Author Affiliations: Institute for Clinical Research and Health Policy Studies, Tufts Medical Center, Boston, Massachusetts (Dr Dahabreh) (firstname.lastname@example.org); and Tufts Clinical and Translational Science Institute, Tufts University, Medford, Massachusetts (Dr Paulus).
In Reply: Dr Čulić suggests patients' sex may modify the association between episodic physical and sexual activity and acute cardiac events. Of the 7 studies investigating the triggering effect of episodic physical activity for myocardial infarction included in our systematic review, only 2 provided relative risk (RR) estimates stratified by sex. Random effects meta-regression provided an RR of 0.74 for women vs men (95% CI, 0.02-28.31; P for interaction = .75). Separate estimates for men and women were available from all 3 studies investigating the association of episodic physical activity and sudden cardiac death (RR, 0.46; 95% CI, 0.01-45.52; P for interaction = .55). In addition, only 2 of the 4 studies investigating the association of sexual activity and myocardial infarction provided estimates stratified by patients' sex (RR, 1.38; 95% CI, 0.02-126.19; P for interaction = .79). In short, we found little evidence of a difference between men and women. However, we caution that these results are based on a limited number of studies and there is considerable uncertainty around the RR estimates.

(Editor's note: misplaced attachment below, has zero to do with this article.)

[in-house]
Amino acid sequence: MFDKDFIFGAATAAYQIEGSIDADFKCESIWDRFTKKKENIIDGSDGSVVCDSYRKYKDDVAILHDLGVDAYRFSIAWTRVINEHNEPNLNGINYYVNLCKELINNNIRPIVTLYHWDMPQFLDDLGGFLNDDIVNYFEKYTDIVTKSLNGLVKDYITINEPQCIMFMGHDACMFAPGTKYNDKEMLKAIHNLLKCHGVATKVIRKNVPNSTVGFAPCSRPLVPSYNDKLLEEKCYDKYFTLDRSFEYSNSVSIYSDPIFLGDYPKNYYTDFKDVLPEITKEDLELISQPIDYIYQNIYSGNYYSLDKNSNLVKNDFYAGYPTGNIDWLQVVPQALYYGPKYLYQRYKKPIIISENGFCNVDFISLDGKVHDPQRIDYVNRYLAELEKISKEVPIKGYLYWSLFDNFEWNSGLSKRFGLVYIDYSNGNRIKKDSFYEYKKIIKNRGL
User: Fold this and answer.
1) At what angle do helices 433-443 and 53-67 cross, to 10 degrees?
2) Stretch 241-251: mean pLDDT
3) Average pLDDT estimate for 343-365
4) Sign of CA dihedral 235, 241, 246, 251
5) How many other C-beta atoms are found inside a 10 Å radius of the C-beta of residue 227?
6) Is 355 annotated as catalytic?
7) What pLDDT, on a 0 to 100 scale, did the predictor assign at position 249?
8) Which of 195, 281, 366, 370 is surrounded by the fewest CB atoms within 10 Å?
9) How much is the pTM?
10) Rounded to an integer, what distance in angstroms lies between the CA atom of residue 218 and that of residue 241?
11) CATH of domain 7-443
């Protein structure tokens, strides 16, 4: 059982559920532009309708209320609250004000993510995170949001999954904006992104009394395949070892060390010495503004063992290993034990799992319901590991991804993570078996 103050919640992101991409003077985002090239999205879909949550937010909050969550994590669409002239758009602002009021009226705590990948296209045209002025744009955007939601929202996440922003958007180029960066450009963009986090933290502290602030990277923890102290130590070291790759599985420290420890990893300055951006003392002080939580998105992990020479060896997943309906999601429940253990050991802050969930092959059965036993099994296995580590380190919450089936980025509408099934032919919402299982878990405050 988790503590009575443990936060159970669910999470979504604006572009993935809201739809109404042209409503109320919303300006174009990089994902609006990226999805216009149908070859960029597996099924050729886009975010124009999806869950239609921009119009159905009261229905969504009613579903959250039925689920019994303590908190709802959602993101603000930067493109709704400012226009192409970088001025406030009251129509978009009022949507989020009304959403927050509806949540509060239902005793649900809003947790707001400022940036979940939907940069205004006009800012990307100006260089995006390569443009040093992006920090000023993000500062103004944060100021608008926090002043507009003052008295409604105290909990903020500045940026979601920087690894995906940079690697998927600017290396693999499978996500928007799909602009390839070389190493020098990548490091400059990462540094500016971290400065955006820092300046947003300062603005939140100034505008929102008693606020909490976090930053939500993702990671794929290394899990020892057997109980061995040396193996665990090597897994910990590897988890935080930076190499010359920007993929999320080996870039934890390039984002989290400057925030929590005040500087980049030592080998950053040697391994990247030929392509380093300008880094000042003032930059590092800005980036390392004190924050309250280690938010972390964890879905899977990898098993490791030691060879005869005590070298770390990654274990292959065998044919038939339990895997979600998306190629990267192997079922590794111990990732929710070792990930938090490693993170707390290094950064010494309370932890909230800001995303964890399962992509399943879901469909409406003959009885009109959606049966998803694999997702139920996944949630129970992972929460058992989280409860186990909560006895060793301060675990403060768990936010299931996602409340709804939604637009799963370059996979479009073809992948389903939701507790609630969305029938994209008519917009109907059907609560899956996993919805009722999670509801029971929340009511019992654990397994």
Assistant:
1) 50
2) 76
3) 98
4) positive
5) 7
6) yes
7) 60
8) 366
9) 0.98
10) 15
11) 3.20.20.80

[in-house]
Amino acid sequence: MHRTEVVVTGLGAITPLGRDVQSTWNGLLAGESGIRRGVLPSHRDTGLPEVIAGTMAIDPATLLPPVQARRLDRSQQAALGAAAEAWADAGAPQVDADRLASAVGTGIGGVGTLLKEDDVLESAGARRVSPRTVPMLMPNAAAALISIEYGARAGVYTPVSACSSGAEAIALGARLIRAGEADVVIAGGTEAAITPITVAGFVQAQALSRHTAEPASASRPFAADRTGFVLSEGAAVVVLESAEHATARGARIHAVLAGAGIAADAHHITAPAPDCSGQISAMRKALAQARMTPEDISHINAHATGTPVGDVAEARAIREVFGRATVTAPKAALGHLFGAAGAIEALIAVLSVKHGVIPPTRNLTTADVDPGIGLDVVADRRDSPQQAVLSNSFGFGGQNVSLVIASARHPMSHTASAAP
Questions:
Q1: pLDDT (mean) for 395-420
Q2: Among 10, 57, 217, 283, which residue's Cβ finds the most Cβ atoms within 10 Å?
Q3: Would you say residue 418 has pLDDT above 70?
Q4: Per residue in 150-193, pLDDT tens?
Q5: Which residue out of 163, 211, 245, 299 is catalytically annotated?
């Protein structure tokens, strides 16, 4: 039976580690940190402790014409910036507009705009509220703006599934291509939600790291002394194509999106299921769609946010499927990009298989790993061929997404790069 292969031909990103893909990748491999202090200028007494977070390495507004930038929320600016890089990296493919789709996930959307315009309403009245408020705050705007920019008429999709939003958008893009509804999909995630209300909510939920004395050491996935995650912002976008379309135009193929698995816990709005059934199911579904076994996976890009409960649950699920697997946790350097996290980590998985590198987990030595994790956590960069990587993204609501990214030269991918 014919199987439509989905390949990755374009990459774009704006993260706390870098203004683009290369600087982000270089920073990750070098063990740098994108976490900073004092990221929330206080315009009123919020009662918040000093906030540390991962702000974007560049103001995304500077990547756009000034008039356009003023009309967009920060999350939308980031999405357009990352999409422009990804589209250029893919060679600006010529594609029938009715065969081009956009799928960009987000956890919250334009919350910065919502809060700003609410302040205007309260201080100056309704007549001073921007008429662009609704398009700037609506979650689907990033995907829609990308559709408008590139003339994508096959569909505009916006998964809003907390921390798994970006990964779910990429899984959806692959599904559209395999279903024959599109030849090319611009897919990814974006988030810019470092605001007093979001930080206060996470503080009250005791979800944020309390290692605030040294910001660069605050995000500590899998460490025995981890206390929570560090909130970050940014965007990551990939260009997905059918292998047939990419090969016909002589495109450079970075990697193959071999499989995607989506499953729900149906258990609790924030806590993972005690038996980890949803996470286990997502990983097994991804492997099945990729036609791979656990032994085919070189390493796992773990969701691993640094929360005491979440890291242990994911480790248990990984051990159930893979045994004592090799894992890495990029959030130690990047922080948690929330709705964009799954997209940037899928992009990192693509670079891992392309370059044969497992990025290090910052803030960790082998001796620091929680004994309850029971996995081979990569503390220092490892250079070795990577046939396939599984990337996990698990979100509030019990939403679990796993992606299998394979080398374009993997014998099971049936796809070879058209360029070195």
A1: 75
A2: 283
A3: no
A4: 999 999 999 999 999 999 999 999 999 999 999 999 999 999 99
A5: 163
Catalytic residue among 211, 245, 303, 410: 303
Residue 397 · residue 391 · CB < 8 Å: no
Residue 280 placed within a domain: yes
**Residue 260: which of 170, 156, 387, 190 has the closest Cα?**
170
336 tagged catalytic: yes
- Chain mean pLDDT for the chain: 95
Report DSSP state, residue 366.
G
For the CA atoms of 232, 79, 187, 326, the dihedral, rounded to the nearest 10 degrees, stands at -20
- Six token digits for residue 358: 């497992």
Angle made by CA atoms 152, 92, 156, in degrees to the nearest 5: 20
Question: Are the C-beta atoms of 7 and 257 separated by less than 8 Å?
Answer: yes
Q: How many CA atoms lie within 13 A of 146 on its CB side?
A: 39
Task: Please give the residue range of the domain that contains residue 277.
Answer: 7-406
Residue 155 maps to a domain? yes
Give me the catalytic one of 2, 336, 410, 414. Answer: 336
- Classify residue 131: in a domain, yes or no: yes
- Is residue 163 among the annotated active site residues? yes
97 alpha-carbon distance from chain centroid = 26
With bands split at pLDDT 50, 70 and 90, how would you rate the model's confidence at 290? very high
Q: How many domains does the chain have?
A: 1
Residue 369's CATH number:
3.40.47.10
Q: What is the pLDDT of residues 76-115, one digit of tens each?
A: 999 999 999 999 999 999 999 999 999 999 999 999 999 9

Dahabreh IJ, Paulus JK. Association Between Episodic Physical and Sexual Activity and Acute Cardiac Events—Reply. JAMA. 2011;306(3):265-266. doi:10.1001/jama.2011.984